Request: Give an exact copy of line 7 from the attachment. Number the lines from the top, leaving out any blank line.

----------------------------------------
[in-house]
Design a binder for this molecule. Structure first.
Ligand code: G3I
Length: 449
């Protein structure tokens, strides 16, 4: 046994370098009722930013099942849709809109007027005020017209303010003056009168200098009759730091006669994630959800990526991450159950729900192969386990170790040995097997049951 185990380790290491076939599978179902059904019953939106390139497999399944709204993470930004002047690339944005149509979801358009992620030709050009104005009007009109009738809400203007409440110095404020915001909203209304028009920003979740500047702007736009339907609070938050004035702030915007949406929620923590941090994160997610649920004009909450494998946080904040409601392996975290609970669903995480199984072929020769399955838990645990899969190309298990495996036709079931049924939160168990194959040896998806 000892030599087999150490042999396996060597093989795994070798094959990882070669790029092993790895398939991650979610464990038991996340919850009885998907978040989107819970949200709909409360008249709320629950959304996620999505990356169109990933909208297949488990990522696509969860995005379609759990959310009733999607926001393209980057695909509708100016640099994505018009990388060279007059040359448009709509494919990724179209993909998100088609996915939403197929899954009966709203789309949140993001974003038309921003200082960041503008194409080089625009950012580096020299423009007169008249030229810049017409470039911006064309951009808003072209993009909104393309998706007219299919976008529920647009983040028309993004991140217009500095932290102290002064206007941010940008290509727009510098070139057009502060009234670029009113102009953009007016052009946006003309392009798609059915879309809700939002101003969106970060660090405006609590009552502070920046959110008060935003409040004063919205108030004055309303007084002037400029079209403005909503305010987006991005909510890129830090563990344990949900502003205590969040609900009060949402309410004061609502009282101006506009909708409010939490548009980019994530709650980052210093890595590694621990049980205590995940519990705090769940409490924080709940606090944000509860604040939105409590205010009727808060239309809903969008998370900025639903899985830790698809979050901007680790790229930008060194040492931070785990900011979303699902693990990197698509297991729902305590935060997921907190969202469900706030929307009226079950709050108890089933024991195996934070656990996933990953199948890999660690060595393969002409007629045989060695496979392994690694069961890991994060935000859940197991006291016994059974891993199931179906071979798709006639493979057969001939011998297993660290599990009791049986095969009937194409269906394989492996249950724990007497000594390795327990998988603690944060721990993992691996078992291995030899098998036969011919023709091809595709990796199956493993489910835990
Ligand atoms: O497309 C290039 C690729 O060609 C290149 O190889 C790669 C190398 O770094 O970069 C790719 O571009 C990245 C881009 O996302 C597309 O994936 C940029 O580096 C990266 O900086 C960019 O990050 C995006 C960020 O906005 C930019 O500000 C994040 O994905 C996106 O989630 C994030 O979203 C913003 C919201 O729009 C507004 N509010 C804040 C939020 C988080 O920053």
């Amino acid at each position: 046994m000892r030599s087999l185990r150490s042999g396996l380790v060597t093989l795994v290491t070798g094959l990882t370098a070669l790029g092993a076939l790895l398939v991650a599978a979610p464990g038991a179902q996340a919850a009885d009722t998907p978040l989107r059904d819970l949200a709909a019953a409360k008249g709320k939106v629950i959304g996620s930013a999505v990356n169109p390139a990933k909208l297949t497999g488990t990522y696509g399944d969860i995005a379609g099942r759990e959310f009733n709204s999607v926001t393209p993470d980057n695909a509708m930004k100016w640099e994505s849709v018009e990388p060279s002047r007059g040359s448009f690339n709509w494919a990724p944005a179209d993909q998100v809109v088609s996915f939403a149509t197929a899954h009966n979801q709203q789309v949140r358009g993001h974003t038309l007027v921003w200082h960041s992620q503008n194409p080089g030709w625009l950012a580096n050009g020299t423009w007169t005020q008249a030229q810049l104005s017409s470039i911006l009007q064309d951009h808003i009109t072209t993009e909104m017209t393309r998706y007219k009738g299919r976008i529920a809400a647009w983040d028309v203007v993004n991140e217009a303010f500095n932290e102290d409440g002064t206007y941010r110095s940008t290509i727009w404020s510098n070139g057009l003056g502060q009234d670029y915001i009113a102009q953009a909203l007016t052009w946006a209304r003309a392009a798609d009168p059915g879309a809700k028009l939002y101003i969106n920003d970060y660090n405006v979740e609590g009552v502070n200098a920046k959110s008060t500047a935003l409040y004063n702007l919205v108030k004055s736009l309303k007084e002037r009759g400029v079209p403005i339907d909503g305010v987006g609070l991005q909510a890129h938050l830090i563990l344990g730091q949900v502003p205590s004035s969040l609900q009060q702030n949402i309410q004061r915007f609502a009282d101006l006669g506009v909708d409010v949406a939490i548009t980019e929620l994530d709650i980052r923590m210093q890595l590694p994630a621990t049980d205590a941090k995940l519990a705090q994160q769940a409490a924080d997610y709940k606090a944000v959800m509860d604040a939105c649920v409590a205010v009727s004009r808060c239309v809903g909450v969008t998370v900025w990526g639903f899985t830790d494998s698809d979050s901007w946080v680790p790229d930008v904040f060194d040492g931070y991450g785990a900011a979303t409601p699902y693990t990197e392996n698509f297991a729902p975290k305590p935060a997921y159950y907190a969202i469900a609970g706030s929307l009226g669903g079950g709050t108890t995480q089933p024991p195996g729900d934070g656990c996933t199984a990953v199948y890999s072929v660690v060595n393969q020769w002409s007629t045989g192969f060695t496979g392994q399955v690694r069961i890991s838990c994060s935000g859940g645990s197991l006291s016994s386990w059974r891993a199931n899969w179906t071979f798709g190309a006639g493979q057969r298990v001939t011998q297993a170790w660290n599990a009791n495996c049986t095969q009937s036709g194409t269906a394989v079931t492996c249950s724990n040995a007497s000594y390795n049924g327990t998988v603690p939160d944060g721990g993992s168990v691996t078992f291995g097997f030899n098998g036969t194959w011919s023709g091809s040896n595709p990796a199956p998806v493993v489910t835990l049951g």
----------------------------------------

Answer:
């Amino acid at each position: 046994m000892r030599s087999l185990r150490s042999g396996l380790v060597t093989l795994v290491t070798g094959l990882t370098a070669l790029g092993a076939l790895l398939v991650a599978a979610p464990g038991a179902q996340a919850a009885d009722t998907p978040l989107r059904d819970l949200a709909a019953a409360k008249g709320k939106v629950i959304g996620s930013a999505v990356n169109p390139a990933k909208l297949t497999g488990t990522y696509g399944d969860i995005a379609g099942r759990e959310f009733n709204s999607v926001t393209p993470d980057n695909a509708m930004k100016w640099e994505s849709v018009e990388p060279s002047r007059g040359s448009f690339n709509w494919a990724p944005a179209d993909q998100v809109v088609s996915f939403a149509t197929a899954h009966n979801q709203q789309v949140r358009g993001h974003t038309l007027v921003w200082h960041s992620q503008n194409p080089g030709w625009l950012a580096n050009g020299t423009w007169t005020q008249a030229q810049l104005s017409s470039i911006l009007q064309d951009h808003i009109t072209t993009e909104m017209t393309r998706y007219k009738g299919r976008i529920a809400a647009w983040d028309v203007v993004n991140e217009a303010f500095n932290e102290d409440g002064t206007y941010r110095s940008t290509i727009w404020s510098n070139g057009l003056g502060q009234d670029y915001i009113a102009q953009a909203l007016t052009w946006a209304r003309a392009a798609d009168p059915g879309a809700k028009l939002y101003i969106n920003d970060y660090n405006v979740e609590g009552v502070n200098a920046k959110s008060t500047a935003l409040y004063n702007l919205v108030k004055s736009l309303k007084e002037r009759g400029v079209p403005i339907d909503g305010v987006g609070l991005q909510a890129h938050l830090i563990l344990g730091q949900v502003p205590s004035s969040l609900q009060q702030n949402i309410q004061r915007f609502a009282d101006l006669g506009v909708d409010v949406a939490i548009t980019e929620l994530d709650i980052r923590m210093q890595l590694p994630a621990t049980d205590a941090k995940l519990a705090q994160q769940a409490a924080d997610y709940k606090a944000v959800m509860d604040a939105c649920v409590a205010v009727s004009r808060c239309v809903g909450v969008t998370v900025w990526g639903f899985t830790d494998s698809d979050s901007w946080v680790p790229d930008v904040f060194d040492g931070y991450g785990a900011a979303t409601p699902y693990t990197e392996n698509f297991a729902p975290k305590p935060a997921y159950y907190a969202i469900a609970g706030s929307l009226g669903g079950g709050t108890t995480q089933p024991p195996g729900d934070g656990c996933t199984a990953v199948y890999s072929v660690v060595n393969q020769w002409s007629t045989g192969f060695t496979g392994q399955v690694r069961i890991s838990c994060s935000g859940g645990s197991l006291s016994s386990w059974r891993a199931n899969w179906t071979f798709g190309a006639g493979q057969r298990v001939t011998q297993a170790w660290n599990a009791n495996c049986t095969q009937s036709g194409t269906a394989v079931t492996c249950s724990n040995a007497s000594y390795n049924g327990t998988v603690p939160d944060g721990g993992s168990v691996t078992f291995g097997f030899n098998g036969t194959w011919s023709g091809s040896n595709p990796a199956p998806v493993v489910t835990l049951g």